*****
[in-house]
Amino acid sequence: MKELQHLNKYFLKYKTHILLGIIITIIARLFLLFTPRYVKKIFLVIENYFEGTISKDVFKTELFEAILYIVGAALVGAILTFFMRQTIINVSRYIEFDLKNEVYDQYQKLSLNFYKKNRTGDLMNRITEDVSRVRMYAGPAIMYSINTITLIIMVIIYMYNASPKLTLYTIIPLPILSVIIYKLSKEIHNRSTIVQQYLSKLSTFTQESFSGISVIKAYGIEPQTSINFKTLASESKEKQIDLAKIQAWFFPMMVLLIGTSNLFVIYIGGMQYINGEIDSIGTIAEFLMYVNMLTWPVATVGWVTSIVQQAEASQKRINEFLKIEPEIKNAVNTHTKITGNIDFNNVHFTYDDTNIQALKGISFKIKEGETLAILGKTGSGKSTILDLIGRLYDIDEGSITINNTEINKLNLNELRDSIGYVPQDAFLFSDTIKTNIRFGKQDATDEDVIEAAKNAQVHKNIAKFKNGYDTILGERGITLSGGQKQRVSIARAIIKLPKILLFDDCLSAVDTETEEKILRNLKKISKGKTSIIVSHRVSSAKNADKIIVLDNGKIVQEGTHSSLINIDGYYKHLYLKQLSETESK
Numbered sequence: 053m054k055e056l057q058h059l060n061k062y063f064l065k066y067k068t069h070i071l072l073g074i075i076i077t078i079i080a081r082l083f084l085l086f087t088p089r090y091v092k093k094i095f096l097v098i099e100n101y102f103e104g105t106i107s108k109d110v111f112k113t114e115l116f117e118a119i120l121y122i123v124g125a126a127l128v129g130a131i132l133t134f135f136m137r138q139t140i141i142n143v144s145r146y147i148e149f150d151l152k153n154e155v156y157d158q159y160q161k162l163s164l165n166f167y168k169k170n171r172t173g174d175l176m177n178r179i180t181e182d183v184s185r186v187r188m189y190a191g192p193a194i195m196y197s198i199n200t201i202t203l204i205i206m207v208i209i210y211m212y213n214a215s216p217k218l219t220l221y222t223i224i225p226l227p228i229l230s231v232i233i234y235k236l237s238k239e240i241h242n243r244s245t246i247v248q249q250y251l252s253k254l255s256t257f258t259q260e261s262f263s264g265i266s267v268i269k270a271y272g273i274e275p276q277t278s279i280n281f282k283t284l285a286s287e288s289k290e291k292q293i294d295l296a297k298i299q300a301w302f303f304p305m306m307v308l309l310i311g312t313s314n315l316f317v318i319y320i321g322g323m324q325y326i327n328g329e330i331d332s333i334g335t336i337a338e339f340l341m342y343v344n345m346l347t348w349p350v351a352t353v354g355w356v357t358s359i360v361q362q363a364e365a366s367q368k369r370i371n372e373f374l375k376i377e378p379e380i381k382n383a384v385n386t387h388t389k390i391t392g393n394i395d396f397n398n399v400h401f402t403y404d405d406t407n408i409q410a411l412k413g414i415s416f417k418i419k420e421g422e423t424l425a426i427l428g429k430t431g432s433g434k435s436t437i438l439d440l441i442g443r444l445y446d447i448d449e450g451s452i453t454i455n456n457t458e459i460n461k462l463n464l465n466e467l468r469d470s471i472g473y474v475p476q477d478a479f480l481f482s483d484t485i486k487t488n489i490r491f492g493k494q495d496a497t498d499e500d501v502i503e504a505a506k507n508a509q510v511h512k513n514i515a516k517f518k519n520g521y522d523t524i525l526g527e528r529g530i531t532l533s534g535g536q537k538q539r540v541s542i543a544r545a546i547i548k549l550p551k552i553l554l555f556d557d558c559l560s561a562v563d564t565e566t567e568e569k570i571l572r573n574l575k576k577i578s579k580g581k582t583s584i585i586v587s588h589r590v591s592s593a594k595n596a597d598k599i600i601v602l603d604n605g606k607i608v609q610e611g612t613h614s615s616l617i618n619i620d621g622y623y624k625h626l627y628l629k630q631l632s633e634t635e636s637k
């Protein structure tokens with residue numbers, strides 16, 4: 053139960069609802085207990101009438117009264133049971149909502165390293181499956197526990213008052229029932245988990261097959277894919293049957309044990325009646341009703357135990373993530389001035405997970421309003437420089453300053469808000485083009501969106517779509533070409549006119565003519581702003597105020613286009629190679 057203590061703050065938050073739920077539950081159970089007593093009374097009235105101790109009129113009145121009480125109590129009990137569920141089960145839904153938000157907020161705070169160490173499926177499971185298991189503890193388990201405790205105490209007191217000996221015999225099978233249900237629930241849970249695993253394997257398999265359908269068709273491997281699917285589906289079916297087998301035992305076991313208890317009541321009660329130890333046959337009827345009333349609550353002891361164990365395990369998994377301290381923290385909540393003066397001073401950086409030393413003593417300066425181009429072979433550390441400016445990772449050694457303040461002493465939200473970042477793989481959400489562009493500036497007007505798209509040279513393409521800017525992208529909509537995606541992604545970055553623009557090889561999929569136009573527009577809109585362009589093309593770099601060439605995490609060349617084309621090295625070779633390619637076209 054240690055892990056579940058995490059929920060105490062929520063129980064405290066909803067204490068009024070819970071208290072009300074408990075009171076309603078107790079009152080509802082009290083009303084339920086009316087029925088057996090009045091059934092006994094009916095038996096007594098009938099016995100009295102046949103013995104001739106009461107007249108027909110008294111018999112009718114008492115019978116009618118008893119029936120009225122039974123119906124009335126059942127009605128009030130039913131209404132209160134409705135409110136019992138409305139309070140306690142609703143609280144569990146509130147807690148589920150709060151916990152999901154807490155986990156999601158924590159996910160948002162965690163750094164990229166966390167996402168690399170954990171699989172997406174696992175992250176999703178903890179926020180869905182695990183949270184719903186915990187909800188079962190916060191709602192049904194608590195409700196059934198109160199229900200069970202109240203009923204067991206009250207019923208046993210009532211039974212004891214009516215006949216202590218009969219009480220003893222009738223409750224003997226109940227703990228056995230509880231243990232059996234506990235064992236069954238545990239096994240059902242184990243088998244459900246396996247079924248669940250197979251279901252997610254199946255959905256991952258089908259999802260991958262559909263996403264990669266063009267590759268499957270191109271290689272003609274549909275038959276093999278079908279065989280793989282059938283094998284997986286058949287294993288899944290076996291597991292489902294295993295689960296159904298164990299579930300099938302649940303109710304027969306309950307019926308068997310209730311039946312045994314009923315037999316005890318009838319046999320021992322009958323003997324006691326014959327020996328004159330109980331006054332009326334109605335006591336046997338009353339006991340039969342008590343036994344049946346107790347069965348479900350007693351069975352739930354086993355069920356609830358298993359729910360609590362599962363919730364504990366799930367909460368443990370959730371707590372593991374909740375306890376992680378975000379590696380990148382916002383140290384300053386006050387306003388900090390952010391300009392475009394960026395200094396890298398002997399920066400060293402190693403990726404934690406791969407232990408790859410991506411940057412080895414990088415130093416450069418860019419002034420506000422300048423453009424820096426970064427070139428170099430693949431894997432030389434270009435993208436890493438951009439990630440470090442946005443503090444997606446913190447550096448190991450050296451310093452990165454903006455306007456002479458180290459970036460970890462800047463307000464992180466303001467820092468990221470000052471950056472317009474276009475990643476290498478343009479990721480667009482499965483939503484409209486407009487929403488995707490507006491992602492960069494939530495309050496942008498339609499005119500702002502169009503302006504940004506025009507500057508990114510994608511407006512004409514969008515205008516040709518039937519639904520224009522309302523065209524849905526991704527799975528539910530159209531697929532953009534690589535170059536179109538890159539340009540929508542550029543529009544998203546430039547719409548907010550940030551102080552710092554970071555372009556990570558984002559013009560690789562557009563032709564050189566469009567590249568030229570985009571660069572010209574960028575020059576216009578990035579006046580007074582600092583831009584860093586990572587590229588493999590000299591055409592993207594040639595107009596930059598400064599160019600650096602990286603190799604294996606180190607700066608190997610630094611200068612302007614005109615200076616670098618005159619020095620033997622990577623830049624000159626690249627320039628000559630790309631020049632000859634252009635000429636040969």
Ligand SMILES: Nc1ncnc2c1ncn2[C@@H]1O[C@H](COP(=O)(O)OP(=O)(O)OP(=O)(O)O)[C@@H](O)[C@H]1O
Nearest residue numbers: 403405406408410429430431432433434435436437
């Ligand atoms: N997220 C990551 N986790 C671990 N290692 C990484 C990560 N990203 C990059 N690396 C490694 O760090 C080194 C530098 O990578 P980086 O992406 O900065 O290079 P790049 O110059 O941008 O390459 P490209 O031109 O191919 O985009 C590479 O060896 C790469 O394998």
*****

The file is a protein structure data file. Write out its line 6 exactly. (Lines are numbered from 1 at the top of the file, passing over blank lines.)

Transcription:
Nearest residue numbers: 403405406408410429430431432433434435436437